For students from faculties outside the Faculty of Native Studies with an interest in acquiring a basic familiarity with Indigenous/non-Indigenous relationships. Consists of a survey of historical and contemporary relationships between Indigenous peoples and newcomers, with the aim of expanding the understandings held by many Canadians about these relationships. This course will be delivered online. Not open to students with credit in NS 200. Not designed for Native Studies majors. Sections may be offered in a Cost Recovery format at an increased rate of fee assessment; refer to the Fees Payment Guide in the University Regulations and Information for Students section of the Calendar.


NS 221 - Our Land, Our Life: Dene Self-Determination In Theory and In Practice View Available Classes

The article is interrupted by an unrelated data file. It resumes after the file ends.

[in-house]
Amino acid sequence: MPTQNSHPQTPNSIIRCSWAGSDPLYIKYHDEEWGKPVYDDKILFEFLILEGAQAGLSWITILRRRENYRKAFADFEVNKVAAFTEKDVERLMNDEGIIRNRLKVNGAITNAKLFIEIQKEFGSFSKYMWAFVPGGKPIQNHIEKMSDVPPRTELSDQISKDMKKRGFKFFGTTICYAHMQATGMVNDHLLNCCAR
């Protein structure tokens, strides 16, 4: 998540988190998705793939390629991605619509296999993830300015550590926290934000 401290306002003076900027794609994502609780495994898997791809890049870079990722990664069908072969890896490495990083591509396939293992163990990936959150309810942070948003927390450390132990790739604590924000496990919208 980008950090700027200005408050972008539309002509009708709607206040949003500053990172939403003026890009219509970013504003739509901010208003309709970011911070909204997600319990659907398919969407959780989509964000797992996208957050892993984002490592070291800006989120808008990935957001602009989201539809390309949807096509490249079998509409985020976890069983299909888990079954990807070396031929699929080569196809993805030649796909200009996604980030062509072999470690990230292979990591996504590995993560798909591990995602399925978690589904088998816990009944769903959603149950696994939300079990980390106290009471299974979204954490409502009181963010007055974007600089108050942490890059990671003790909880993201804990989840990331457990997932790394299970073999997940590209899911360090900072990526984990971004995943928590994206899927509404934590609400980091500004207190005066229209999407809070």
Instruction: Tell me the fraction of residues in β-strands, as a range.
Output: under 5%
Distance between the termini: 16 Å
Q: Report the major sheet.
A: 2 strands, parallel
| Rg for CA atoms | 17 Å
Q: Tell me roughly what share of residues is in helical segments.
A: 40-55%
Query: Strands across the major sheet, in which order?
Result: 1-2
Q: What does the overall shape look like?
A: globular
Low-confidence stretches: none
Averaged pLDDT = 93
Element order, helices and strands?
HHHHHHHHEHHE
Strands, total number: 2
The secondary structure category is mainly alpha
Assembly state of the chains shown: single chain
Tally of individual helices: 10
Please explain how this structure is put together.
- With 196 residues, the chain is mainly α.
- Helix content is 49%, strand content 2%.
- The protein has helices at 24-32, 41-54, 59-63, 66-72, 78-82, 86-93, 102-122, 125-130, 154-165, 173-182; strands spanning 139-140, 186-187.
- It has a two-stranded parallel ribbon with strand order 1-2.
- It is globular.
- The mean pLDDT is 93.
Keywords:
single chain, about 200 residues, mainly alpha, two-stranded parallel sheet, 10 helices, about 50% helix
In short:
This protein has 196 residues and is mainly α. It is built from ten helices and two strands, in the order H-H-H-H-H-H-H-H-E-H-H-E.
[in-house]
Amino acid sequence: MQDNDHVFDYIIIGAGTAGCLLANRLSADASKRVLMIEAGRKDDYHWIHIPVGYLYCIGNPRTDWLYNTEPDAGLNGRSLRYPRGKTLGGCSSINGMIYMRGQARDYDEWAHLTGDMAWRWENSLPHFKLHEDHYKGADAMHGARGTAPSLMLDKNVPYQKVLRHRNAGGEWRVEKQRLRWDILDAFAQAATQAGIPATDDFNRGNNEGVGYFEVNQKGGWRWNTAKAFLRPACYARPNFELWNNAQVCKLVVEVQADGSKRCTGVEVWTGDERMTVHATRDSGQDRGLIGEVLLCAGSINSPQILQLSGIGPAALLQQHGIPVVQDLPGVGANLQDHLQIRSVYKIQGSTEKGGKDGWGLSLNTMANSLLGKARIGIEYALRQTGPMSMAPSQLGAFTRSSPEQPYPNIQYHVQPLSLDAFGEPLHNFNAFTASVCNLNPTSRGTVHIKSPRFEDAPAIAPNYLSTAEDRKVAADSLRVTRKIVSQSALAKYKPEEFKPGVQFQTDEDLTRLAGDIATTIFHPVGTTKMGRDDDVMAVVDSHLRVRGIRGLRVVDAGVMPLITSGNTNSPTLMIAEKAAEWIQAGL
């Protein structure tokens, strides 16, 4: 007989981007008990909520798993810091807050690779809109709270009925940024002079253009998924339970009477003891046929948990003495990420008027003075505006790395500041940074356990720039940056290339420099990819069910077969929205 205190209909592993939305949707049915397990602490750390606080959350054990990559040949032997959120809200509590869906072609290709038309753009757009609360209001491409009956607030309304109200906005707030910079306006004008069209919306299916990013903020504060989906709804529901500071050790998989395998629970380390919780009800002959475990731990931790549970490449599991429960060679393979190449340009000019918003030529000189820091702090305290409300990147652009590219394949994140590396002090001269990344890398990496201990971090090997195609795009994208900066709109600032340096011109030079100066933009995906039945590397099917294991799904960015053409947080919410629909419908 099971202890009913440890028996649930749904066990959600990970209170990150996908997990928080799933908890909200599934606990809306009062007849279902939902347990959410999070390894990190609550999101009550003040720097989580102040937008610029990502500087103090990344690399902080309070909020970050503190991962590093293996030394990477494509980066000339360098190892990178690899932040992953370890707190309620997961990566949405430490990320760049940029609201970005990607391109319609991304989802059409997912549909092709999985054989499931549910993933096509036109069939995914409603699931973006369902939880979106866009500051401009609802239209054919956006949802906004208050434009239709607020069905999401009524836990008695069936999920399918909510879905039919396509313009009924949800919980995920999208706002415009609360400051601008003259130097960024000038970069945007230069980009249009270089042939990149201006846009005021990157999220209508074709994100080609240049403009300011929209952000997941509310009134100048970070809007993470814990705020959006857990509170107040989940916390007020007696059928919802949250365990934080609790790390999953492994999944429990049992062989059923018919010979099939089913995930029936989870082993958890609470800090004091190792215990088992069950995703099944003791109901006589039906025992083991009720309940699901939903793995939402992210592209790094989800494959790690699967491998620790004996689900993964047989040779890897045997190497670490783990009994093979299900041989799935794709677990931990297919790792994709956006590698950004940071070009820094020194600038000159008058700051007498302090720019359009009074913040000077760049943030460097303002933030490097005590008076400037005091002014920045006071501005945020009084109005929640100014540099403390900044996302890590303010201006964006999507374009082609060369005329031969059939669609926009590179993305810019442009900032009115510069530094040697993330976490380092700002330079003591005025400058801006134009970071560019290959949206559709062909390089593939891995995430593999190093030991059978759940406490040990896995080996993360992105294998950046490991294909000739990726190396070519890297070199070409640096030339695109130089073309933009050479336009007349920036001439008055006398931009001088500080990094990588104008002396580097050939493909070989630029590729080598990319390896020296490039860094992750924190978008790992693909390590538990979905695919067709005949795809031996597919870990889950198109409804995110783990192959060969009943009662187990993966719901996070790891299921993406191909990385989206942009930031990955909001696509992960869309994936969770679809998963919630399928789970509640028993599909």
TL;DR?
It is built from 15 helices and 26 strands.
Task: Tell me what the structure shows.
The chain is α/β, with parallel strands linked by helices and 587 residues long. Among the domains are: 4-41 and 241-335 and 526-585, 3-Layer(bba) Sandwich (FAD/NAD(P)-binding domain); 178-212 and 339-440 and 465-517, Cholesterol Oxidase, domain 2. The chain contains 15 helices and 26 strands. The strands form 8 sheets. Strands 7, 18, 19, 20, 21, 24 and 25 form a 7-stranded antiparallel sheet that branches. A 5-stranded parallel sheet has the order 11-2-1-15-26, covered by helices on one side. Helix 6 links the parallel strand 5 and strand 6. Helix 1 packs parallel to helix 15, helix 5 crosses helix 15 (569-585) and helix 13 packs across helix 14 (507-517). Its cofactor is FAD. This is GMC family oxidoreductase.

★ 3 (fi 6)(EITHER, 3-0-0)

This land-based hands-on course explores through the lens of Indigenous political theorists the historical and ongoing movement for Dene self-determination in Denendeh (NWT), and the processes of colonization and decolonization, land-claims and colonizer-First Nations relationships. Hunting, fish netting and moose hide tanning ground theory in protocols and practice of Dene Laws. Co-taught by professors, leaders and Elders at Dechinta Bush University only. Pre-requisite: Consent of the Faculty


NS 222 - Dene Chanie: Dene Leadership That Path That We Walk View Available Classes

★ 3 (fi 6)(EITHER, 3-0-0)

This land-based hands-on course explores the Dene leadership approach of Dene Chanie as it applies to critical leadership challenges in Indigenous communities, particularly, but not limited to a Dene context. Hunting, fish netting and moose hide tanning ground theory in protocols and practice of Dene Laws and leadership practices. Prerequisites: consent of the Faculty.